November, 2013

  1. Lora Lazar’s murderous homage to Atanas Dalchev

    November 2, 2013 by Christopher Buxton

    I’ve been long surprised at the lack of quality crime fiction in Bulgaria, particularly as the yellow press never misses an opportunity to report lurid stories about underworld figures with colourful nick-names.

    In the summer in my last trawl of Bulgarian bookshops to tide me over my UK winter months, I chanced upon “Грешният Квартал” by Lora Lazar.  I read the blurb. Could this be the book to challenge the Scandinavian noir writers that dominate the English speaking market at the moment?

    The title is difficult to translate as “Грешният” has two meanings – “sinful” and “wrong” as in the sense of “mistaken”. Let’s keep with sin and call it “The Sinful District”, though as every district has its shameful secrets we need to keep the second option open.

    Lora Lazar provides a deeply satisfying read.  Her novel keeps close to the conventions of the serial killer genre – an irascible bloody minded detective at odds with his superiors; a loyal young sidekick/apprentice; a meddling journalist who gets under their feet: an anonymous murderer always one step ahead and with a real flair for dramatic visual representation; a series of marginalised and abusive victims and most importantly a vivid backdrop of a decaying urban wasteland.  Lazar keeps the reader hooked.  Her tightly organized plot drops timely clues and red herrings.

    So far so Scandinavian but Lazar serves up two elements that are uniquely Bulgarian. First, her sinful district is a post communist mess of some neglected old houses, panel blocks, disused factories and workshops turned into warehouses, hovels and broken sheds, a sprawling gypsy quarter, with a railway line running through it all and a typically Bulgarian predilection for gossip. Shameful truths of physical and sexual abuse  slowly emerge.  Second she has skilfully weaved into the story several of Atanas Dalchev’s poems, which complement the mood, the environment and the characters perfectly. 

    I read a lot of poetry when I first lived in Bulgaria in the Communist years, but it is only recently that a Bulgarian poet recommend I read Dalchev. It was a revelation. Perhaps it’s not surprising that I wouldn’t have heard much about him in Communist years.  In the 60s just before his death he wrote “Silence” about the paralysing fear of those times. Most of his poetry was written between the wars in a no less turbulent period . His dark poems invest simple everyday features – windows, doors, balconies with a threatening symbolism. A shadow in the yard like a broken spear on the staircase reminds him of some undiscovered murder. Lora Lazar allows her murderer to educate his pursuing policemen as he styles his murder scenes around Dalchev poems. Lazar’s prose complements Dalchev’s subtle shadows, making the book a pleasure to read.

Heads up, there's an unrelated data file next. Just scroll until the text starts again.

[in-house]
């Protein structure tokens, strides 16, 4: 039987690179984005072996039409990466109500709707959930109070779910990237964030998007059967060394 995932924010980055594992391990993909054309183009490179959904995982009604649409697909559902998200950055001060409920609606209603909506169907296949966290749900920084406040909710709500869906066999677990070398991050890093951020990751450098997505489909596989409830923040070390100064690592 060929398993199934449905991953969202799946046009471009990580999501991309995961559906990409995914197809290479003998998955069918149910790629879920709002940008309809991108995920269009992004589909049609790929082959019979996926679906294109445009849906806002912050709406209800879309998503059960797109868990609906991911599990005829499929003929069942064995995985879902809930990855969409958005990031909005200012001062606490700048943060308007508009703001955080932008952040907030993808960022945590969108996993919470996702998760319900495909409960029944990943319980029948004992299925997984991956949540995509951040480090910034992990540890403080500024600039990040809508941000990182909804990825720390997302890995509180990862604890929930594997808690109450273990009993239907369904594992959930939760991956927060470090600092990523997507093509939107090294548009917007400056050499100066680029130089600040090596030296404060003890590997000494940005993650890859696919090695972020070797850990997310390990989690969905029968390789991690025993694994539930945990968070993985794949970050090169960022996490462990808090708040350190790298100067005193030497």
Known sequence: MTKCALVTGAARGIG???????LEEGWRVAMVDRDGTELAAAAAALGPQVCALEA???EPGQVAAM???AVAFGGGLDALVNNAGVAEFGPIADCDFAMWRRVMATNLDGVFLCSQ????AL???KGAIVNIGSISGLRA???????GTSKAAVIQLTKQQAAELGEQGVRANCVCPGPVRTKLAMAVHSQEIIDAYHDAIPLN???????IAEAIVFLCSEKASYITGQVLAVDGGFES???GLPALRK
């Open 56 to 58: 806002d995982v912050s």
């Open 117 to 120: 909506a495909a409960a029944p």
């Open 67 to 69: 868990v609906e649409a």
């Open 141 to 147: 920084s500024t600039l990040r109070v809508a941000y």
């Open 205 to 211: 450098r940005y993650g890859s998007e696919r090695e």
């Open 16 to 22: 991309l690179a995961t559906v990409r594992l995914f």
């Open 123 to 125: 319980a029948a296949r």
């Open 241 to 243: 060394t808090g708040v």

As in any murder story doors are very significant.  Here is my translation of Atanas Dalchev’s poem on the those everyday objects

    The doors

    by Atanas Dalchev

     

    The doors, the street front doors

                of the ancient rotting houses

     you recognise them, don’t you,

                for how many years gone by

    they noisily close behind you,

                when at night you come back home,

    they make way for you as if to say

                “Please enter dear Master!”


    They speak in strange voices

                anytime weekday or Sunday

    From morning  through to night

                they sing through yawning mouths

    when you throw them open

                and then you close them gently:

    Oh, those songs and voices,

                already known from childhood

    The doors sodden in the rain,

                rotting from water and winter

    gnawed by numberless worms

                stripped bare by the winds

    the doors with thousands of scars –

                colours and nameless letter plates

     with studs, knockers and brackets

    and their rust running like blood


    And last night with all its might

                a storm, unleashed in the gloom,

    battered them like a wrecking ball

                and the doors were stretched thin

    and through the night till dawn

                they were beating and rattling

    like the wings of some black bird

                dying wounded in the shadows.

     

    The doors, your very own doors

                there’s little point in locking them

    alas you will never feel

                safe and sound behind them.

    When the night time fills your ears

                and startled dogs are barking

    they cannot keep you safe

                from Her – the eternal hoodlum

    More of my translations of Atanas Dalchev can be found here.


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